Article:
Could You Be Depressed? Here's How You Know And How To Talk To Your Doctor

Could you be suffering from depression? If so, you don't have to endure a lengthy wait to see a psychiatrist to get help. If, like many people, you see use a specialist in internal medicine as your regular physician, he or she can help.

Here is how you recognize the signs of depression and how to start the conversation with your doctor.

What Are the Signs You Need Help for Depression?

Depression is more than just a short period of "the blues." It's also more than just a reactive feeling due to a recent loss, like the death of a loved one or a romantic breakup. It's a pervasive set of symptoms caused by a chemical imbalance in your body and brain -- and very much a physical problem. (In other words, depression is not just "all in your head!") Symptoms often include:

  • You feel hopeless and sad almost all the time, every day.
  • You feel guilty about being sad, or worthless.
  • You feel powerless to change your condition or "snap out of it."
  • You have no energy, even for the things you normally love to do.
  • You're sleeping too much or not enough. Either way, it isn't your normal sleep patterns.
  • You're eating too much or not enough. You're gaining or losing weight in an abnormal fashion.
  • You're restless, irritated, anxious or annoyed easily -- and it's not like you to be that way.
  • You find yourself crying a lot and don't feel better afterward.
  • You can't concentrate or make decisions.
  • You hurt. You have unexplained aches and pains, digestive issues or headaches that don't seem to respond to treatment.

While anyone may have one or two of these symptoms, you know yourself best. If you find yourself identifying with the majority of these statements and you feel there's been a distinct shift in your well-being at some point, you could be suffering from depression. It's time to have that conversation with your doctor.

How Do You Talk to Your Doctor About Depression?

Many internal medicine specialists screen their patients for depression -- but they might only do it when a patient is new or when they notice a problem. That means that you need to be proactive about this so you don't get worse. The best way to start the conversation is simple: you take the list above, print it out, and circle everything that applies to you. Hand it to your doctor and say, "I think I'm depressed. Can we talk about it?"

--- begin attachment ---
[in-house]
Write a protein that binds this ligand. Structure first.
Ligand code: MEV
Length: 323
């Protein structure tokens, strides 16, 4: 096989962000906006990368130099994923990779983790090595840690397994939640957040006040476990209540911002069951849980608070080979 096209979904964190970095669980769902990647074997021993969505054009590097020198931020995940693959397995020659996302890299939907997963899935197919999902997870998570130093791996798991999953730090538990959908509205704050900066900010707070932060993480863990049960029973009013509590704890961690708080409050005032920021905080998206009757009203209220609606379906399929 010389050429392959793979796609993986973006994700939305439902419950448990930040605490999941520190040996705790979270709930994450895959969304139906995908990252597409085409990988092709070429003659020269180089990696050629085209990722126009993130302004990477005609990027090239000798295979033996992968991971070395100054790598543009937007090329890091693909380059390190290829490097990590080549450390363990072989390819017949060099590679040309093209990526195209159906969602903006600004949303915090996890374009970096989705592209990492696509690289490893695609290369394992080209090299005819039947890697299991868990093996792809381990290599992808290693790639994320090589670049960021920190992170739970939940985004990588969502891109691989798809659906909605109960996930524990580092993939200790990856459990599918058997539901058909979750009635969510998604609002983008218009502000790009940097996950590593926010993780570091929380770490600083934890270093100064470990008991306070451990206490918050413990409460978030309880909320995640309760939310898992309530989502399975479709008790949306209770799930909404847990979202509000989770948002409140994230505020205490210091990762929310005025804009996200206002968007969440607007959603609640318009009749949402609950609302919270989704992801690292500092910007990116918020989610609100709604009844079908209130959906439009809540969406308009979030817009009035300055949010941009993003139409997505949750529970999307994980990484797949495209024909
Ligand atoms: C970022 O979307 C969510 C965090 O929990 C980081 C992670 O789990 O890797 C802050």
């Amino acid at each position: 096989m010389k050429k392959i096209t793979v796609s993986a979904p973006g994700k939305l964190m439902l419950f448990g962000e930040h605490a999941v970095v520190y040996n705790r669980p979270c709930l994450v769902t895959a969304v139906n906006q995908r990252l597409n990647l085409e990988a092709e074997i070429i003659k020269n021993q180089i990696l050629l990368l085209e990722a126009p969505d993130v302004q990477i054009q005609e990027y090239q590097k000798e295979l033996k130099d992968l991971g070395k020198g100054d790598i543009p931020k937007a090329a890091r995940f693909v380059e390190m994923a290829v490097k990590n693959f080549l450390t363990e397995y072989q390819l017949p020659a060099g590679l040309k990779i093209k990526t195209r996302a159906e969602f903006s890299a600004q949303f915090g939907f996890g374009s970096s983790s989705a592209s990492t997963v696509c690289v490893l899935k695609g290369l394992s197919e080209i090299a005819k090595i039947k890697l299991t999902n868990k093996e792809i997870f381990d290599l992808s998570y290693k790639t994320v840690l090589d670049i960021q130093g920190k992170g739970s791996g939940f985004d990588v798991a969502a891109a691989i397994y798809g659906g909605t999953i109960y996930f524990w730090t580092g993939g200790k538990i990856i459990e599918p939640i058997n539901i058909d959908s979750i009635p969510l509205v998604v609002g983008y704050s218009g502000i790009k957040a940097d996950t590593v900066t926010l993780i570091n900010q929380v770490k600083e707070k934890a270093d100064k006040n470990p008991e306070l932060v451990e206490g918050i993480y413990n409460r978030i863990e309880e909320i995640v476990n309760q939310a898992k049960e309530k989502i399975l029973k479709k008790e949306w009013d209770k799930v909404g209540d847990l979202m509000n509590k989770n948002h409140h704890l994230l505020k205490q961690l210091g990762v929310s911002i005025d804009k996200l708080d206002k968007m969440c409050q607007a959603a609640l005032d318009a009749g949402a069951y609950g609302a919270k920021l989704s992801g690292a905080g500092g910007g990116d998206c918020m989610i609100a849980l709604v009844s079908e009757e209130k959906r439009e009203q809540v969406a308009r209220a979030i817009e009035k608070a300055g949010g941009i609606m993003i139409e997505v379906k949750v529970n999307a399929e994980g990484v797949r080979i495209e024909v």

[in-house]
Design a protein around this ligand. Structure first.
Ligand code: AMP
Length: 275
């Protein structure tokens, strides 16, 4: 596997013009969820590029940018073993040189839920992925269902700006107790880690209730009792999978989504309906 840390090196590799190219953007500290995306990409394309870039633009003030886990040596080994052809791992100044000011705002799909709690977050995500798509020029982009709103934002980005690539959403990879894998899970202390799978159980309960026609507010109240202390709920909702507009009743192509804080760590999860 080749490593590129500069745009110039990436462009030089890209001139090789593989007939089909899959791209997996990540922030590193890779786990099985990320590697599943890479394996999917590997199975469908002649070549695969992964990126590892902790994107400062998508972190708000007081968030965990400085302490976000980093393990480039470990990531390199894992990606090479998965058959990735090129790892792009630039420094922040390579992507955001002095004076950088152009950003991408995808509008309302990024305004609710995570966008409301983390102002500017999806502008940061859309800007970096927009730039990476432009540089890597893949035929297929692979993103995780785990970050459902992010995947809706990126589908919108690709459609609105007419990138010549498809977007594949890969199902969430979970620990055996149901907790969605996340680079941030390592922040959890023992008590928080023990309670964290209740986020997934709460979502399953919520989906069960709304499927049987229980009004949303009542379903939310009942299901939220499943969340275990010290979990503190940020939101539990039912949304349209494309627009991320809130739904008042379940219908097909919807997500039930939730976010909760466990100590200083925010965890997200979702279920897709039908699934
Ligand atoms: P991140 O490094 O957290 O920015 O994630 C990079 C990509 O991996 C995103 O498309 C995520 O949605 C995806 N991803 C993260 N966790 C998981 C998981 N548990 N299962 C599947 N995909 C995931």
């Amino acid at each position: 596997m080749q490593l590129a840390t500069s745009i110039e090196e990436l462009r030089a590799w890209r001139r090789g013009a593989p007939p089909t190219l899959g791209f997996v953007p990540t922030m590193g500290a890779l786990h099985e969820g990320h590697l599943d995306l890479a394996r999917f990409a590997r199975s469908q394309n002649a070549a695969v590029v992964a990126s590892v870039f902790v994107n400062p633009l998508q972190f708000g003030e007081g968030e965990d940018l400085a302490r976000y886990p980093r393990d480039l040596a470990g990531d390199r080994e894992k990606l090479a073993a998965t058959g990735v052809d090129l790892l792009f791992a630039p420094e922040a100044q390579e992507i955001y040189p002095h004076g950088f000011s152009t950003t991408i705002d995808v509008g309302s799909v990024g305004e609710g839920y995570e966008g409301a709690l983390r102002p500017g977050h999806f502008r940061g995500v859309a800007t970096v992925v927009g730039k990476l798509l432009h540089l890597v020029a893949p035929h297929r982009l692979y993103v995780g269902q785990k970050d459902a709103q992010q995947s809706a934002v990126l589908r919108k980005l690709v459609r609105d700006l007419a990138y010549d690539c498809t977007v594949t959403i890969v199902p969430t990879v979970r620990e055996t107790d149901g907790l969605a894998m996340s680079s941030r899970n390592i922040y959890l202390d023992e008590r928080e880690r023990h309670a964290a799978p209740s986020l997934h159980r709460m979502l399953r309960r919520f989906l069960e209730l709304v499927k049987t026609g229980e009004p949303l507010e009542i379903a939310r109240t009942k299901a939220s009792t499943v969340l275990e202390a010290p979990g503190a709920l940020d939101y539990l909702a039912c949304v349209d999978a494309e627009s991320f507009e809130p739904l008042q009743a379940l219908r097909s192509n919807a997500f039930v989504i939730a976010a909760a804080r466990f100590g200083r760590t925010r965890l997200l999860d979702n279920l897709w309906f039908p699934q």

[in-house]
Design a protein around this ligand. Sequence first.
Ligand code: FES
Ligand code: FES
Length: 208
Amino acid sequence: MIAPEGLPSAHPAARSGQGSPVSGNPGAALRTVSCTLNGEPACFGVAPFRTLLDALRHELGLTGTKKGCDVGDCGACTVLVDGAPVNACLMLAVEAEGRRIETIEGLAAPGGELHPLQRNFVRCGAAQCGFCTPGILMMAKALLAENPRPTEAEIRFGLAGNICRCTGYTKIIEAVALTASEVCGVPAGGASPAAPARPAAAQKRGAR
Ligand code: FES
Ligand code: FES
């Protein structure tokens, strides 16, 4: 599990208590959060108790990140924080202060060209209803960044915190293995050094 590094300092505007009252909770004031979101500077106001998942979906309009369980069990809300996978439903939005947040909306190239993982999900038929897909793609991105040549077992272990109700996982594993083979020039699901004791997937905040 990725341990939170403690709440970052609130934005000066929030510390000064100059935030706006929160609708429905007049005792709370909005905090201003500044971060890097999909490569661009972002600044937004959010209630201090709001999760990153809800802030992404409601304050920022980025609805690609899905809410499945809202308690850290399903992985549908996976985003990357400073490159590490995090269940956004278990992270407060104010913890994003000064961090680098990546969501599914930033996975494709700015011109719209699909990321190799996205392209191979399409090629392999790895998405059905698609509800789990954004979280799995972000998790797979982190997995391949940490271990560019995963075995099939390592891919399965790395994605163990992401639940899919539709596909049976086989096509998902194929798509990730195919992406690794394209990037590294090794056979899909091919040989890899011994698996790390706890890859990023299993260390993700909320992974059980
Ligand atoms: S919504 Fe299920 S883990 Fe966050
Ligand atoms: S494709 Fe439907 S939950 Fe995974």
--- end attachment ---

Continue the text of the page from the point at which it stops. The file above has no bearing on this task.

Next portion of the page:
The bad news is that it can be scary to take that step. The good news is that your doctor won't be surprised about the problem. Depression is incredibly common -- at any given point, around 350 million people in the world suffer from it. That's about 1 out of every 20 people! 

More than likely, your doctor will want to run a few blood tests to rule out physical problems that can mimic or cause depression. Thyroid problems, for example, can often provoke many of the same symptoms and feelings. In women, perimenopause can sometimes do the same thing. Then you and your doctor can settle on a course of treatment! To learn more, contact an internal medicine doctor like Harvey Harold E II MD PLLC

About Me

Helping My Kids To Improve Their Health

I have always been one of those people who is overly concerned about parenting effectively, but a few weeks ago, I realized that my kids were really struggling with their health. They just weren't getting as much exercise as they needed, and it was really hard to watch them struggle with weight-related issues at such a young age. Fortunately, by working with our health team, we were able to create a treatment plan to improve each of our kid's lives. Check out this website for more information on helping kids live healthier, longer lives while enjoying the way they feel.


Latest Posts

4 June 2024
The decision to enroll in a family Certified Nursing Assistant (CNA) program is a big step towards a rewarding career in healthcare. CNAs play a cruci

29 March 2024
In the fast-paced world of sports and fitness, one thing that can truly slow an active enthusiast or professional down is an injury. Gone are the days

6 February 2024
The journey to addiction recovery is fraught with challenges. Traditional methods often focus predominantly on the physical aspects of dependency, pot